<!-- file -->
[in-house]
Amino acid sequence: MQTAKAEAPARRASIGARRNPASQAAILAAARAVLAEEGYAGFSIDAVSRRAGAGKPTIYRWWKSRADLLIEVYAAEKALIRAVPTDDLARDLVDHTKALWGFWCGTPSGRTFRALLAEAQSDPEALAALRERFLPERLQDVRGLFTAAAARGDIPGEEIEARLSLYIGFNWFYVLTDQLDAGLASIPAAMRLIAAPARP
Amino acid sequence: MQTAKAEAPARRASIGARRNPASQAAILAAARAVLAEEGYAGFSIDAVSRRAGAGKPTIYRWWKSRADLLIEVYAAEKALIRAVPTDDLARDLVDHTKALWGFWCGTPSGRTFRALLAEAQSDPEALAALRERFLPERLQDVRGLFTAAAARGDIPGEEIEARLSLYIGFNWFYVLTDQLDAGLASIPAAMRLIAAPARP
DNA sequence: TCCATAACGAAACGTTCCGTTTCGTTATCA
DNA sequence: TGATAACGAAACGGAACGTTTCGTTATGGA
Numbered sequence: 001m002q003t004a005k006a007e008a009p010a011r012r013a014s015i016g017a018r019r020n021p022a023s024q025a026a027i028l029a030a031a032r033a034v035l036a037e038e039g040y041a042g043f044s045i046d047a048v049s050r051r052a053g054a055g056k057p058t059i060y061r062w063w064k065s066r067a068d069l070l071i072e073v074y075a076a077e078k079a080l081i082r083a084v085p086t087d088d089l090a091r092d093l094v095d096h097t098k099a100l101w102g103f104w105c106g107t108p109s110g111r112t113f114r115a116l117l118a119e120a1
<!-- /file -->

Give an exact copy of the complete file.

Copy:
[in-house]
Amino acid sequence: MQTAKAEAPARRASIGARRNPASQAAILAAARAVLAEEGYAGFSIDAVSRRAGAGKPTIYRWWKSRADLLIEVYAAEKALIRAVPTDDLARDLVDHTKALWGFWCGTPSGRTFRALLAEAQSDPEALAALRERFLPERLQDVRGLFTAAAARGDIPGEEIEARLSLYIGFNWFYVLTDQLDAGLASIPAAMRLIAAPARP
Amino acid sequence: MQTAKAEAPARRASIGARRNPASQAAILAAARAVLAEEGYAGFSIDAVSRRAGAGKPTIYRWWKSRADLLIEVYAAEKALIRAVPTDDLARDLVDHTKALWGFWCGTPSGRTFRALLAEAQSDPEALAALRERFLPERLQDVRGLFTAAAARGDIPGEEIEARLSLYIGFNWFYVLTDQLDAGLASIPAAMRLIAAPARP
DNA sequence: TCCATAACGAAACGTTCCGTTTCGTTATCA
DNA sequence: TGATAACGAAACGGAACGTTTCGTTATGGA
Numbered sequence: 001m002q003t004a005k006a007e008a009p010a011r012r013a014s015i016g017a018r019r020n021p022a023s024q025a026a027i028l029a030a031a032r033a034v035l036a037e038e039g040y041a042g043f044s045i046d047a048v049s050r051r052a053g054a055g056k057p058t059i060y061r062w063w064k065s066r067a068d069l070l071i072e073v074y075a076a077e078k079a080l081i082r083a084v085p086t087d088d089l090a091r092d093l094v095d096h097t098k099a100l101w102g103f104w105c106g107t108p109s110g111r112t113f114r115a116l117l118a119e120a1